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Are you wondering how to support your child with their mental health? An important conversation to have with your child is about their mental health and how they handle what life throws at them. For many of us, life will have its ups and downs, and it’s important to teach our young ones what anxiety, depression and other illnesses look like, to protect our well-being. Here are some ways you can help support your child with their mental health.
Stop and listen
Listening to your child and what they need will do a lot of good in terms of helping them be a lot more aware of their mental health. It’s important to take the time to actively listen to what your child has to say.
It may well improve the connection between you and your child, and it makes children a lot more comfortable in terms of being honest and speaking with you about things. It takes time to support your child with their mental health but it will be helpful in the long run.
Have open conversations about mental health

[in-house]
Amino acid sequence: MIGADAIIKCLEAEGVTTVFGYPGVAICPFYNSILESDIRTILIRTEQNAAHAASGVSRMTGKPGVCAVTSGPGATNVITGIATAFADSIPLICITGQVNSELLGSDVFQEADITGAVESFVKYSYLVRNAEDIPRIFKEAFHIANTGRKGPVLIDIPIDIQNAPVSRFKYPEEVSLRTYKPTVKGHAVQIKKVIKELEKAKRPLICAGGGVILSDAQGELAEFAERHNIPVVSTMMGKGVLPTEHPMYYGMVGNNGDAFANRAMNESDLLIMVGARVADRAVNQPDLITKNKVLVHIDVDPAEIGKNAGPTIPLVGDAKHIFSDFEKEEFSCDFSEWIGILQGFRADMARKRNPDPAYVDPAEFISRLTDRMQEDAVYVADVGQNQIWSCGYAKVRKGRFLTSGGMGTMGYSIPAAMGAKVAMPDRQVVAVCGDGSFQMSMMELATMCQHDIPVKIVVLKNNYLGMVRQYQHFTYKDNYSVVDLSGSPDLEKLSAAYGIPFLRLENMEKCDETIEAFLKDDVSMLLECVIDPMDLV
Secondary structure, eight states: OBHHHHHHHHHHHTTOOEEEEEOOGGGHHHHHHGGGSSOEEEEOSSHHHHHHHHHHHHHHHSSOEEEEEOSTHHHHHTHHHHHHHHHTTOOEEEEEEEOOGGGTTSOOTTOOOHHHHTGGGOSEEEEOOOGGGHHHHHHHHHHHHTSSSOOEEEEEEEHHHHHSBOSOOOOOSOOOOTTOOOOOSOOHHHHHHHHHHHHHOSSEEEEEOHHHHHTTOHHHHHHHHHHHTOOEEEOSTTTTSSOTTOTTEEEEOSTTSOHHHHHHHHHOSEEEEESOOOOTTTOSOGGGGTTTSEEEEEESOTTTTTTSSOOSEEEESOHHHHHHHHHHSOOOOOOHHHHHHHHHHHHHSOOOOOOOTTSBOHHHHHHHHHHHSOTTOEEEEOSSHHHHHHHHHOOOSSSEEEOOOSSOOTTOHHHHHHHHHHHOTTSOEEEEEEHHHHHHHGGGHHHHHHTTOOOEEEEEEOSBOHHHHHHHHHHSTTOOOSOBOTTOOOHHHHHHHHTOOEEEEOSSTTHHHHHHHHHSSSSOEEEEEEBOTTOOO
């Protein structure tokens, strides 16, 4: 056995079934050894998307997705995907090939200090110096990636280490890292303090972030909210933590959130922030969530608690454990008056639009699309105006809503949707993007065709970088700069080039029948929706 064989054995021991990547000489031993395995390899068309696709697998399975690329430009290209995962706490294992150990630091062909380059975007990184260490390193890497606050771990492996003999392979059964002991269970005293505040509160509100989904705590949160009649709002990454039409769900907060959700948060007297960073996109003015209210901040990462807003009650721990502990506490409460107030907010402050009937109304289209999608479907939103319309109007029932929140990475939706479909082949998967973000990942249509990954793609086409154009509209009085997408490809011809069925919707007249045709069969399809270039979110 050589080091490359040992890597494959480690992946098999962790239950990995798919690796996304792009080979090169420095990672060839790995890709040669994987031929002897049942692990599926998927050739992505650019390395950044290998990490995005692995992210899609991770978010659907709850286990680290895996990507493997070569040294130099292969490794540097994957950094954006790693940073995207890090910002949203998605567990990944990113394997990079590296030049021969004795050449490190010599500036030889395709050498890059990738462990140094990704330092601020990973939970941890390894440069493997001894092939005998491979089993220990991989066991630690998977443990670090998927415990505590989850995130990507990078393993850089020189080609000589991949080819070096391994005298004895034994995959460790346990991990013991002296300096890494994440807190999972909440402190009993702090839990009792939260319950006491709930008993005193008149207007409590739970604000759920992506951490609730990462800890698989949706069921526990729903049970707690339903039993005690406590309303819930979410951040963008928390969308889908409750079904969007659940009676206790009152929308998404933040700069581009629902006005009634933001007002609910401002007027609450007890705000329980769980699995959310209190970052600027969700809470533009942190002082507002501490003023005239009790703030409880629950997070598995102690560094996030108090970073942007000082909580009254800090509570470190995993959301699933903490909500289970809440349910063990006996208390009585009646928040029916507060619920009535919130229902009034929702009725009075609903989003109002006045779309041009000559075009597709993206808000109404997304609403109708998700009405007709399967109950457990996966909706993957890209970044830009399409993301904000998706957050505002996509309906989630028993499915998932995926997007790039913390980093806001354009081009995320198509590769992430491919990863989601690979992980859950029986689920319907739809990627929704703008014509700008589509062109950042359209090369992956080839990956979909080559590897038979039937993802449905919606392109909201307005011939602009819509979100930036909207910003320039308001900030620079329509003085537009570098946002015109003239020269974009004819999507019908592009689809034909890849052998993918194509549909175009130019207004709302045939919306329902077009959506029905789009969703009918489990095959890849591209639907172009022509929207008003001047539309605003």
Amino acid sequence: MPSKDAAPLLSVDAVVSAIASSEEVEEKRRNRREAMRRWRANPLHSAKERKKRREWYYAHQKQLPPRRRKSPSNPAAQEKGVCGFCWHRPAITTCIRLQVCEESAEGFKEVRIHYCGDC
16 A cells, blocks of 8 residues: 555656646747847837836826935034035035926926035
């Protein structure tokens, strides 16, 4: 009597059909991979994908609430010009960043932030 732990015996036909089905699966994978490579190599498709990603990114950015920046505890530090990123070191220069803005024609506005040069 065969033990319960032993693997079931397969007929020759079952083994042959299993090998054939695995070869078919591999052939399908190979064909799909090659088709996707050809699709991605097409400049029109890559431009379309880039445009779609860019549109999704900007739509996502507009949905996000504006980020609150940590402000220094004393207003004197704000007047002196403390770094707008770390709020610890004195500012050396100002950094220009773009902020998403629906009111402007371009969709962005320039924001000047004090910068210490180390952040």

It’s good to have a bigger understanding of what mental health is and what it looks like. Part of what children need to learn about is how anxiety and depression can be characterised, and what it can do to a person’s well-being. This is why many independent schools and Sixth Forms will have a clear focus on pastoral care – to help children understand the signs of mental health issues.
Show your child what thinking positively looks like
For the most part, children won’t be able to fully understand the repercussions of their actions or feelings just yet. But in the same vein, you’ll find that children resort to going right to the negatives. It’s a good time to show your child what happiness looks like and how it will impact their mood.
Be a good role model to your child and identify ways that make them feel happy. If your child trips and falls over, while helping them up and wiping away their tears, you can talk to them about how it could have been a lot worse, or that they can wear a cool plaster for the rest of the week. Sometimes, the little things have a real impact on kids.
Focus on your child’s strengths
The strengths should always outweigh the weaknesses, and even then, children can build their skills to being stronger in those areas. It’s good to look at what your child loves to do and how they can lean on them when they’re having a down day or their mood dips considerably. It also shows your child how far they’ve come.
Has this helped you with ideas of how to support your child with their mental health? Do comment and let me know below.